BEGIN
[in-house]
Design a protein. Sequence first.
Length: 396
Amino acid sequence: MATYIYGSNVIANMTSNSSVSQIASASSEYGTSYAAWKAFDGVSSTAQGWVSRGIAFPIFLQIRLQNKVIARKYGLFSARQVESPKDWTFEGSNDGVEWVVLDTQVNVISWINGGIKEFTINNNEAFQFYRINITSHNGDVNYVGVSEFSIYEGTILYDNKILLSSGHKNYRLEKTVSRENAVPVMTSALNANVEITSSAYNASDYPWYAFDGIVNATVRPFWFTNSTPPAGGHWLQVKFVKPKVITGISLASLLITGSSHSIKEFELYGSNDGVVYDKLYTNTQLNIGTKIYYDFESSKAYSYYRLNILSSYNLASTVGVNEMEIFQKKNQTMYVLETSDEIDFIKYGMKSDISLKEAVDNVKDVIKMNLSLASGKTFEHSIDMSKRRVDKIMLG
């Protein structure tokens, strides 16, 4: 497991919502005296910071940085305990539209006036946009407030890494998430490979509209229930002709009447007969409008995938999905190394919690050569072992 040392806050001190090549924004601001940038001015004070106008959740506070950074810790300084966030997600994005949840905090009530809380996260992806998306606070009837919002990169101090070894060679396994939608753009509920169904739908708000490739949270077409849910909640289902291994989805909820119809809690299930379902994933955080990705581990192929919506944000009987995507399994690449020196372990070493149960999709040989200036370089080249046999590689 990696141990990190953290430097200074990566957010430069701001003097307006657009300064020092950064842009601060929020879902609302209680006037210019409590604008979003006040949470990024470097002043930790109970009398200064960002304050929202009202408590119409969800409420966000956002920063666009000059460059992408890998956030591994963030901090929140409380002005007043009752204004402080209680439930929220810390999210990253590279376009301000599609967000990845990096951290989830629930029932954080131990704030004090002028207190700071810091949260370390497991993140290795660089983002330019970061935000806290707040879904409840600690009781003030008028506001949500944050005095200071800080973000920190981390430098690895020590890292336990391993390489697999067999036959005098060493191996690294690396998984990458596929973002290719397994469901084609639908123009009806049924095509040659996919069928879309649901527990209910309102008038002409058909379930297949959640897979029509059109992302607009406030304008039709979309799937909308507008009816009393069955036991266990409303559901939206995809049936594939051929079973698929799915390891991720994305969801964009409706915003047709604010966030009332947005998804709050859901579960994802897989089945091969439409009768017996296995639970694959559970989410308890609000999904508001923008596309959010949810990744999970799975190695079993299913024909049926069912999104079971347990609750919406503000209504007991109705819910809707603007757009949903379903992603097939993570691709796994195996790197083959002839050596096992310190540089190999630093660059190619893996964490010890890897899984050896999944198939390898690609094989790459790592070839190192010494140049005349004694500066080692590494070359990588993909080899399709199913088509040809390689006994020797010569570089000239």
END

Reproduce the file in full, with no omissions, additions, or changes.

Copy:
[in-house]
Design a protein. Sequence first.
Length: 396
Amino acid sequence: MATYIYGSNVIANMTSNSSVSQIASASSEYGTSYAAWKAFDGVSSTAQGWVSRGIAFPIFLQIRLQNKVIARKYGLFSARQVESPKDWTFEGSNDGVEWVVLDTQVNVISWINGGIKEFTINNNEAFQFYRINITSHNGDVNYVGVSEFSIYEGTILYDNKILLSSGHKNYRLEKTVSRENAVPVMTSALNANVEITSSAYNASDYPWYAFDGIVNATVRPFWFTNSTPPAGGHWLQVKFVKPKVITGISLASLLITGSSHSIKEFELYGSNDGVVYDKLYTNTQLNIGTKIYYDFESSKAYSYYRLNILSSYNLASTVGVNEMEIFQKKNQTMYVLETSDEIDFIKYGMKSDISLKEAVDNVKDVIKMNLSLASGKTFEHSIDMSKRRVDKIMLG
């Protein structure tokens, strides 16, 4: 497991919502005296910071940085305990539209006036946009407030890494998430490979509209229930002709009447007969409008995938999905190394919690050569072992 040392806050001190090549924004601001940038001015004070106008959740506070950074810790300084966030997600994005949840905090009530809380996260992806998306606070009837919002990169101090070894060679396994939608753009509920169904739908708000490739949270077409849910909640289902291994989805909820119809809690299930379902994933955080990705581990192929919506944000009987995507399994690449020196372990070493149960999709040989200036370089080249046999590689 990696141990990190953290430097200074990566957010430069701001003097307006657009300064020092950064842009601060929020879902609302209680006037210019409590604008979003006040949470990024470097002043930790109970009398200064960002304050929202009202408590119409969800409420966000956002920063666009000059460059992408890998956030591994963030901090929140409380002005007043009752204004402080209680439930929220810390999210990253590279376009301000599609967000990845990096951290989830629930029932954080131990704030004090002028207190700071810091949260370390497991993140290795660089983002330019970061935000806290707040879904409840600690009781003030008028506001949500944050005095200071800080973000920190981390430098690895020590890292336990391993390489697999067999036959005098060493191996690294690396998984990458596929973002290719397994469901084609639908123009009806049924095509040659996919069928879309649901527990209910309102008038002409058909379930297949959640897979029509059109992302607009406030304008039709979309799937909308507008009816009393069955036991266990409303559901939206995809049936594939051929079973698929799915390891991720994305969801964009409706915003047709604010966030009332947005998804709050859901579960994802897989089945091969439409009768017996296995639970694959559970989410308890609000999904508001923008596309959010949810990744999970799975190695079993299913024909049926069912999104079971347990609750919406503000209504007991109705819910809707603007757009949903379903992603097939993570691709796994195996790197083959002839050596096992310190540089190999630093660059190619893996964490010890890897899984050896999944198939390898690609094989790459790592070839190192010494140049005349004694500066080692590494070359990588993909080899399709199913088509040809390689006994020797010569570089000239």